Iraqi 'Starbucks' Locations Shine Light On Major Counterfeiting Issues

If you were to go to Iraq on business, you might be pleased to see that you can still get your morning coffee at one of three Starbucks locations in Baghdad. Or can you? According to a new report by the Associated Press, these coffee shops are not actually Starbucks shops at all, but rather carefully designed copycat shops that are flagrantly violating the multi-billion-dollar coffee company's trademarks. The AP reports that the three shops are easy to mistake for the real thing because the violations are so blatant. 

The signage outside the shops is identical to those at Starbucks locations elsewhere, the cups, napkins, and drink stirrers are all the same and the owner of these faux-Starbucks shops even claims the coffee itself is the same. Yet said owner, Amin Makhsusi, does not actually officially claim these are licensed Starbucks shops when questioned. Instead, he freely admits he was denied a franchising license from Starbucks' corporate Middle East division and decided to create his own anyway by importing official Starbucks merchandise and product from an associate in Turkey.

While this blatant theft of a company's trademarked or copyrighted material for profit is obviously illegal, it is part of a larger trend in Iraq, with the International Trade Association specifically stating in documents as recently as 2021 that "it is important for businesses to have an overall strategy to protect their Intellectual Property in Iraq," as it is protected differently there through local laws.

Intellectual property in Iraq

Starbucks is hardly the only victim of large-scale counterfeiting and piracy operations in Iraq, it's simply the highest-profile American company to face it. According to the Associated Press, the country is also a hotbed for media piracy with Qatari broadcasting company beIN complaining that it has lost over $1.2 billion in profits over the years from Iraqi groups pirating its content through the use of illegal IPTV streaming services. Furthermore, several major pharmaceutical companies reported anonymously that their patents and trademarks are being violated within the country.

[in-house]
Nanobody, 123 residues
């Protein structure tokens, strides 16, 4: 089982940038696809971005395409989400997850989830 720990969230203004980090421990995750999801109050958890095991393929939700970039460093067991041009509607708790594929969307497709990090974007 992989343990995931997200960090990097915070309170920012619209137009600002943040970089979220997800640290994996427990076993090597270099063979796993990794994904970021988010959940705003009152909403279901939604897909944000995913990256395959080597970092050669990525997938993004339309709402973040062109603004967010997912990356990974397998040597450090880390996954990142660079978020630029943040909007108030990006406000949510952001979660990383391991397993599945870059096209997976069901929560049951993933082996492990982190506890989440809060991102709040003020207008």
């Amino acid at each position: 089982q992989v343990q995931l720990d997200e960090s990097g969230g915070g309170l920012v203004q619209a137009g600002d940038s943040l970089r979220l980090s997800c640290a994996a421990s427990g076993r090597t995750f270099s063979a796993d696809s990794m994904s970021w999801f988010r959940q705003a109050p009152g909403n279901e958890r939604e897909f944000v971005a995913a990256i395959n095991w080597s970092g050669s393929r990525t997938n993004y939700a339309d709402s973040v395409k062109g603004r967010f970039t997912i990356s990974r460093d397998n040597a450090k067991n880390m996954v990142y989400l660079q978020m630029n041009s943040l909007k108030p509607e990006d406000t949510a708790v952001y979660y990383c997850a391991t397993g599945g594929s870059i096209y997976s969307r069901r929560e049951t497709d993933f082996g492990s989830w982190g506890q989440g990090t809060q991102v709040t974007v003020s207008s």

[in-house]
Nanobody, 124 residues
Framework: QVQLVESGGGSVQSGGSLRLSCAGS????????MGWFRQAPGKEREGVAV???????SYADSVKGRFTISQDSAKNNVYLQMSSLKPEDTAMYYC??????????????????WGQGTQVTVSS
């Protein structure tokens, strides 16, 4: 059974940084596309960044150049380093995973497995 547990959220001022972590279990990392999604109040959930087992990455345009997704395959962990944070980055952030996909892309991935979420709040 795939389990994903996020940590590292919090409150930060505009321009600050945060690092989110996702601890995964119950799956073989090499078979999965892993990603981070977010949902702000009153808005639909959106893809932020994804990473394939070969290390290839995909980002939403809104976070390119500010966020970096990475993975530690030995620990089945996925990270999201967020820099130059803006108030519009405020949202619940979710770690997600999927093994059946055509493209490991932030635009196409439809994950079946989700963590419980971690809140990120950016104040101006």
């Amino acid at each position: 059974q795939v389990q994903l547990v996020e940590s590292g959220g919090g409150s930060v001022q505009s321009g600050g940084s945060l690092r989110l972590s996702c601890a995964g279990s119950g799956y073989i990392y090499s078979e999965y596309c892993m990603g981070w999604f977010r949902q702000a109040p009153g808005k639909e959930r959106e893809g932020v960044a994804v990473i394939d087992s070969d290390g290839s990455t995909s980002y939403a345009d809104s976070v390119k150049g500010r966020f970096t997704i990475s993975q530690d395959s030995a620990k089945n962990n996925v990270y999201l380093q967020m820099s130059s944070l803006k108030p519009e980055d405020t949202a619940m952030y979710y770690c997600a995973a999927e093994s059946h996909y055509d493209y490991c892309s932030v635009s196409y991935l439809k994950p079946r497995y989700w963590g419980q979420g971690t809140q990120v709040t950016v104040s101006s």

Unfortunately, it is unclear what can be done about the situation as the Iraqi government has failed to address it. As the AP notes, even Starbucks, a company worth $113 billion according to Stock Analysis, is relatively powerless to stop this. When the company attempted to force Makhsusi to cease his operations, he issued thinly veiled threats to their lawyers bragging of his connections to militant groups and government officials. 

Makhsusi denies these specific allegations but proudly boasts of his business venture as a triumph over adversity. "I had this ambition to open Starbucks in Iraq," he explained. After he was denied a license he said, "I decided to do it anyway and bear the consequences." So far it is not obvious what those consequences might be as Starbucks is forced to "evaluate its options."